Medical sleuths have been trailing the elusive cold and flu viruses for more than a century. Now they finally might be onto something. A universal flu vaccine could be on the horizon -- and even more effective treatments for the common cold. Wayne Marasco, MD, PhD, is one of the most ardent sleuths. His perp -- the flu virus -- has caused the deaths of more than 36,000 Americans, and that’s just in one year.
Marasco is an associate professor of medicine at the Dana-Farber Cancer Institute and Harvard Medical School. His work means that a universal flu vaccine could be within reach -- one that would protect against all flu strains over a lifetime, just like existing vaccinations for diseases like measles and smallpox. Up to now, a universal flu vaccine has been elusive, because the virus's constant ability to change has made it a hard target to combat. "The virus undergoes a process we call antigenic drift, which means that it continuously evolves so that it escapes the immune system," he explains. "We've been kind of chasing our tails and immunizing every season to keep up with these variations."
The meningococcal vaccine protects you from four types of bacteria that cause meningococcal disease. This illness can cause meningitis, an infection of the lining around the brain or spinal cord. It can also cause a blood infection (meningococcal bacteremia), pneumonia, and other problems. Ten percent to 15% of people who are infected with the disease die from it, even if they were treated with antibiotics. As many as 20% of those who survive may have lasting problems such as hearing loss, brain...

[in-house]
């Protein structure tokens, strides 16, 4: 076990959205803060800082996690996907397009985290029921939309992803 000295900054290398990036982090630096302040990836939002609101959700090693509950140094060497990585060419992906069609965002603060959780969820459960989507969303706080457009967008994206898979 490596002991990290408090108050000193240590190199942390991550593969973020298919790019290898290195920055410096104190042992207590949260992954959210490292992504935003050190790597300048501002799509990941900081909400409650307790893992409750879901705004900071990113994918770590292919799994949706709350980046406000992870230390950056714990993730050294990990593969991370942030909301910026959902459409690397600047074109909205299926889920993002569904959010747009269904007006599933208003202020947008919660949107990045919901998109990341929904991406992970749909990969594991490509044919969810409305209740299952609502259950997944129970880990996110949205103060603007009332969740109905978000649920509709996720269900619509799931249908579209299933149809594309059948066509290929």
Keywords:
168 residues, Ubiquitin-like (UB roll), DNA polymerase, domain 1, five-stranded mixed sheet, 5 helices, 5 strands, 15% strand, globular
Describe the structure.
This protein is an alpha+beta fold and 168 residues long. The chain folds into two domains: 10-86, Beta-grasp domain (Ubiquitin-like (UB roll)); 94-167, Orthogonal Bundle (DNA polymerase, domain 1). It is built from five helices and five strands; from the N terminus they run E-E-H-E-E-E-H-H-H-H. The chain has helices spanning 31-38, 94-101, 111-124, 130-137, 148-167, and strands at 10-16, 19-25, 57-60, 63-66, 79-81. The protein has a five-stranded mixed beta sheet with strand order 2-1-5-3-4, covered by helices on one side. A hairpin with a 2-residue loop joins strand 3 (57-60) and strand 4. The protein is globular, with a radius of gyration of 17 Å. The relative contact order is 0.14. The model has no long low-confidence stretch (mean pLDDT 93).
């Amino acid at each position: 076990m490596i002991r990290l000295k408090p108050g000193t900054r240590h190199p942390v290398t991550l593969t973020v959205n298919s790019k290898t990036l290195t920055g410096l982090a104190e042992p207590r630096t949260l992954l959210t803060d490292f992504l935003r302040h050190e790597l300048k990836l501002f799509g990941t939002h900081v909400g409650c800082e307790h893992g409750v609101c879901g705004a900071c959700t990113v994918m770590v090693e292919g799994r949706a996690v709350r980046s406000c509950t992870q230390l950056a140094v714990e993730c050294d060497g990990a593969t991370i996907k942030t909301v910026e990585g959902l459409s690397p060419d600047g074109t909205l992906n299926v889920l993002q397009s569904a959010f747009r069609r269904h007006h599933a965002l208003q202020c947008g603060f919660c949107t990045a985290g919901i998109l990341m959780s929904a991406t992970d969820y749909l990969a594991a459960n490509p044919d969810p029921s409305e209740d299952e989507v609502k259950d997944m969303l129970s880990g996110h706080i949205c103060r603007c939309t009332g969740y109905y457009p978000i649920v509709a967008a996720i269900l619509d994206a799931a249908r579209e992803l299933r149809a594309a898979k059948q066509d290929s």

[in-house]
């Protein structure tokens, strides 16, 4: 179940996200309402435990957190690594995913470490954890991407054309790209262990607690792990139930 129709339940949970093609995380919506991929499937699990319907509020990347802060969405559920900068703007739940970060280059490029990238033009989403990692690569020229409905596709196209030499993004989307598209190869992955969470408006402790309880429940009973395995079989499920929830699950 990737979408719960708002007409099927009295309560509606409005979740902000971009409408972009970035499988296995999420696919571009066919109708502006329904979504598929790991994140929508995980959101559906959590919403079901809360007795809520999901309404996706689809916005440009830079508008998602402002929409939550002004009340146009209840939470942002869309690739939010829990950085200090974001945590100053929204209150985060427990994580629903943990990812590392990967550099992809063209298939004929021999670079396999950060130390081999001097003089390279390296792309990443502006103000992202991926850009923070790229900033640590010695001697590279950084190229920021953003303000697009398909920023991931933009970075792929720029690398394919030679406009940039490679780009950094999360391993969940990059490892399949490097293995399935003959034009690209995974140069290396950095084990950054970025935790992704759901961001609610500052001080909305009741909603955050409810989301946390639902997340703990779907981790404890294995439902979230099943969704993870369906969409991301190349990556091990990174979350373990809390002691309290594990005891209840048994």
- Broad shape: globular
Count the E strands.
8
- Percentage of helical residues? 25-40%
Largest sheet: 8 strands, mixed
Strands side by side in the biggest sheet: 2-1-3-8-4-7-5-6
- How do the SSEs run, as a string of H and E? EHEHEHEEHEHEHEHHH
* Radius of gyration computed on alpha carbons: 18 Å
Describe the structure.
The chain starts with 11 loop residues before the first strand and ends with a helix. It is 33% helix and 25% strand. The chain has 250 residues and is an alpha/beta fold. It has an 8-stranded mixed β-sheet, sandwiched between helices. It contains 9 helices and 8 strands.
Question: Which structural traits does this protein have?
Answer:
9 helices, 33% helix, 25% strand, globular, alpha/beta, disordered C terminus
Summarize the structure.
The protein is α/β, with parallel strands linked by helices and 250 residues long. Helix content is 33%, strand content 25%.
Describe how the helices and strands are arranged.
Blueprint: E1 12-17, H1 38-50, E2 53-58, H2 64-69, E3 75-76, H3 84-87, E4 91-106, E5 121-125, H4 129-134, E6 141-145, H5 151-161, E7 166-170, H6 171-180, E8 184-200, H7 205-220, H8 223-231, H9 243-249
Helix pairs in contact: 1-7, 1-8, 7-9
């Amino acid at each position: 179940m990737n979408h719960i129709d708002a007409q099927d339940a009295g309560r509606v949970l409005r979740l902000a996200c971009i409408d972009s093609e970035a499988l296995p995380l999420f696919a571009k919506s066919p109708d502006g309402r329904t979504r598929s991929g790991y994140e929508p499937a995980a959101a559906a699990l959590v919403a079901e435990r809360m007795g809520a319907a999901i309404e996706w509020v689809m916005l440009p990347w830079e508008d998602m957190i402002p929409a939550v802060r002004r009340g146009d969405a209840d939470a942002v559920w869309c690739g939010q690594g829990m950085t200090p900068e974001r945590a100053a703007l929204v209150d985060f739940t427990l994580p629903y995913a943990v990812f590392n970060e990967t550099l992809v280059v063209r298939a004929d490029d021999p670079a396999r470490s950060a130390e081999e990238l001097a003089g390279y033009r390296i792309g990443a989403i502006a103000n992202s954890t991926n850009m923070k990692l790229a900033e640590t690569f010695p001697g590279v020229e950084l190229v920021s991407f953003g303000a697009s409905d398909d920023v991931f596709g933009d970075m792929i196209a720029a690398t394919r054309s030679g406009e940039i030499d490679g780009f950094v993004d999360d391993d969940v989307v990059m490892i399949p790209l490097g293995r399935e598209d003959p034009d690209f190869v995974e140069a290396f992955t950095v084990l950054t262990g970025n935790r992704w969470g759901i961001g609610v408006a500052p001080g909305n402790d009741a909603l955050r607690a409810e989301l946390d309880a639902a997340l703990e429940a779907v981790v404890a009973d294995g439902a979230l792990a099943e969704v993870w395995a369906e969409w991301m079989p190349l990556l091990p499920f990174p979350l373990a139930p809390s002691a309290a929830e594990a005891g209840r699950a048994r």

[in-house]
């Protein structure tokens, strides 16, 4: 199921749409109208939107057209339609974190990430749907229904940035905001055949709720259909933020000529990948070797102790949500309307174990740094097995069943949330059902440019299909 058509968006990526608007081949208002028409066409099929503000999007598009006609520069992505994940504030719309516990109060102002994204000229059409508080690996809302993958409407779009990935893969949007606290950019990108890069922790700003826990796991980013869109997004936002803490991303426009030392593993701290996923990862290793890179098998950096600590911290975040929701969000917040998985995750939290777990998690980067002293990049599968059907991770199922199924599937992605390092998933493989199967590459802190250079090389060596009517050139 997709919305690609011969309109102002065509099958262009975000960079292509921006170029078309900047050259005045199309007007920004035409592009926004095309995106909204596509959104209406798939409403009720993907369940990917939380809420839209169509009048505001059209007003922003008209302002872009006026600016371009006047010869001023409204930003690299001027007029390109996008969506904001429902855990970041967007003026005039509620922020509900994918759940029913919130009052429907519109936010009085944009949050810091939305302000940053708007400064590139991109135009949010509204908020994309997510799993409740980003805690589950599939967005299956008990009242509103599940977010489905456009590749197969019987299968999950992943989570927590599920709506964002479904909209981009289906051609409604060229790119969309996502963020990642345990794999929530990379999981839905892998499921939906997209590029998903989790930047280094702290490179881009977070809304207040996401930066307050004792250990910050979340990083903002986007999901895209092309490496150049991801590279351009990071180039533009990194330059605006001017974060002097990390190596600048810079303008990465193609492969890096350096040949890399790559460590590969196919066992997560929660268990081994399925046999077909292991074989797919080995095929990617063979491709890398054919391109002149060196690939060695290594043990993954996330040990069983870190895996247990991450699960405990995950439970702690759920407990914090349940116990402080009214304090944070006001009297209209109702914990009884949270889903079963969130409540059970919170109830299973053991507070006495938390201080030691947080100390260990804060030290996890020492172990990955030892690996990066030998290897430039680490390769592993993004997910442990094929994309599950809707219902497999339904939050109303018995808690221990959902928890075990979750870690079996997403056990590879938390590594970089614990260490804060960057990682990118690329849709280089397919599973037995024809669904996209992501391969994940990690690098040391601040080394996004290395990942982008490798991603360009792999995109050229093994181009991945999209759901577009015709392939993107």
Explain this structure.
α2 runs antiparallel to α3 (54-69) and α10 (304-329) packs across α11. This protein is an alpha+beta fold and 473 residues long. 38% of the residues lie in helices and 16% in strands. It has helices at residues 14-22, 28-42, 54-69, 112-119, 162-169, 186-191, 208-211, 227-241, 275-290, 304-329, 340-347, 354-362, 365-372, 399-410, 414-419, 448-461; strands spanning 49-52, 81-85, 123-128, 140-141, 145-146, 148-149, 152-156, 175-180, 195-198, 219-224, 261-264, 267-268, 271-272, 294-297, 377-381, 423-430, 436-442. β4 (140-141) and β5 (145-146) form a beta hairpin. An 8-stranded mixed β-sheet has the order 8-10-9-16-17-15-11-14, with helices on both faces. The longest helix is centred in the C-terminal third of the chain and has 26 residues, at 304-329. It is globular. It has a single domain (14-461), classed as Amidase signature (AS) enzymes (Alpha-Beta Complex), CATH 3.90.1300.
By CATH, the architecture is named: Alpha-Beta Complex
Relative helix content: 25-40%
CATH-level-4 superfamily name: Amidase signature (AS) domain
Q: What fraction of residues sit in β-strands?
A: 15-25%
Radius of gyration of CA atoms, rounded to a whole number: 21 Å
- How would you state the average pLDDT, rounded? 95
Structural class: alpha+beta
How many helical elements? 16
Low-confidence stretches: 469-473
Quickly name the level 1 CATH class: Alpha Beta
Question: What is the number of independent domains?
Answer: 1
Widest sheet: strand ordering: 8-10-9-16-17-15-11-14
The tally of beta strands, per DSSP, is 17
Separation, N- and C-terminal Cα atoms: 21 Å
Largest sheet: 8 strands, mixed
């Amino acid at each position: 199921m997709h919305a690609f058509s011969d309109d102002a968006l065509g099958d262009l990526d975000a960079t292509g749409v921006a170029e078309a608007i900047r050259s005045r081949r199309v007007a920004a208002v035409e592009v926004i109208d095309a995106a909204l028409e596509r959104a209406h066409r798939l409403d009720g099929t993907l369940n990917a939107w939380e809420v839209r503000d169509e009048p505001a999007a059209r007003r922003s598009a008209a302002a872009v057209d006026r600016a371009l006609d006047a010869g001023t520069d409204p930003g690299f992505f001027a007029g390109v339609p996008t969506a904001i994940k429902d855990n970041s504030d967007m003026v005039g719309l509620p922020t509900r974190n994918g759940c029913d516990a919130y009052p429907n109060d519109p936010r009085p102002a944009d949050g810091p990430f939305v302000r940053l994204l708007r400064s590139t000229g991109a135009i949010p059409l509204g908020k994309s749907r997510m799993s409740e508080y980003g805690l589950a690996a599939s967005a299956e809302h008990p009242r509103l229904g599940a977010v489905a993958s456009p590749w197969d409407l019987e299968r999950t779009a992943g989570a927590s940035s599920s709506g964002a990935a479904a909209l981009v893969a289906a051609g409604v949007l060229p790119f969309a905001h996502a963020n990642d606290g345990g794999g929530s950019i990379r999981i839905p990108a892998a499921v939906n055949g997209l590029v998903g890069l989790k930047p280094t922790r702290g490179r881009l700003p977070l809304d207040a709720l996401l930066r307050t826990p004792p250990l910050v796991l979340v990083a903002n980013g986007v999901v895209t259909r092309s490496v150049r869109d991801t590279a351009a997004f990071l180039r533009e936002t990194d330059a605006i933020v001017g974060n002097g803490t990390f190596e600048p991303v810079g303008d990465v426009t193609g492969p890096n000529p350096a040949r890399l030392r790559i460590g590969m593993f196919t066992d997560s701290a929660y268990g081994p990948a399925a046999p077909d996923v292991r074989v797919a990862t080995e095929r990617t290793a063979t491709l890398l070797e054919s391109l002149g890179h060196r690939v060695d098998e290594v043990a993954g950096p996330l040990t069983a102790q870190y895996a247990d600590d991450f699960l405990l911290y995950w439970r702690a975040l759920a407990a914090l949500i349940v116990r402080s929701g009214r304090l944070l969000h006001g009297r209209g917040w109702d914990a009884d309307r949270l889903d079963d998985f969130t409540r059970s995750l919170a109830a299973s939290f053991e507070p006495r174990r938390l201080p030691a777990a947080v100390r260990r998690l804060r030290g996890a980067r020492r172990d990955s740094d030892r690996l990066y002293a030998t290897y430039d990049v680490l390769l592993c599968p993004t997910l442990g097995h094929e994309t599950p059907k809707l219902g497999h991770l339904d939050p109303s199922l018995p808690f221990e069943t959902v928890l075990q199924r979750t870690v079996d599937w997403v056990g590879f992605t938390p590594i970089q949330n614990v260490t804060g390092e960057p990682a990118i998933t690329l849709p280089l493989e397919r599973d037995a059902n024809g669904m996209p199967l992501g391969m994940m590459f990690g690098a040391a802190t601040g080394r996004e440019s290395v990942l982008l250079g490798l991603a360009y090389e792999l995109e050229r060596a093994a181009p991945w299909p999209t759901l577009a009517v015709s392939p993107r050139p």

Even though only two different types of flu virus -- A and B -- are responsible for most human flu cases, each type has several subtypes, and the virus can change from season to season. That's why researchers can never seem to keep up.
The 1918 Flu Pandemic
Compounding the problem is that people are always on the move. Hundreds of years ago, Europeans first carried the flu to North America on ships, infecting Native Americans who had previously been flu-free. Today, air travel can speed flu viruses (including the H1N1, or swine, flu) around the world even faster. Last year swine flu was reported for the very first time among the Matsigenka tribe deep in the Amazon jungle, proving that no place is too remote to escape a flu bug.
Even before the age of commercial air travel, the flu virus was able to get around. In 1918, after the influenza A virus jumped from birds to humans, soldiers in World War I spread the disease as they moved around the European front. By the time the worldwide pandemic had ended a year later, a quarter of Americans had become sick and 50 million people worldwide had died from the illness, which was named the Spanish flu.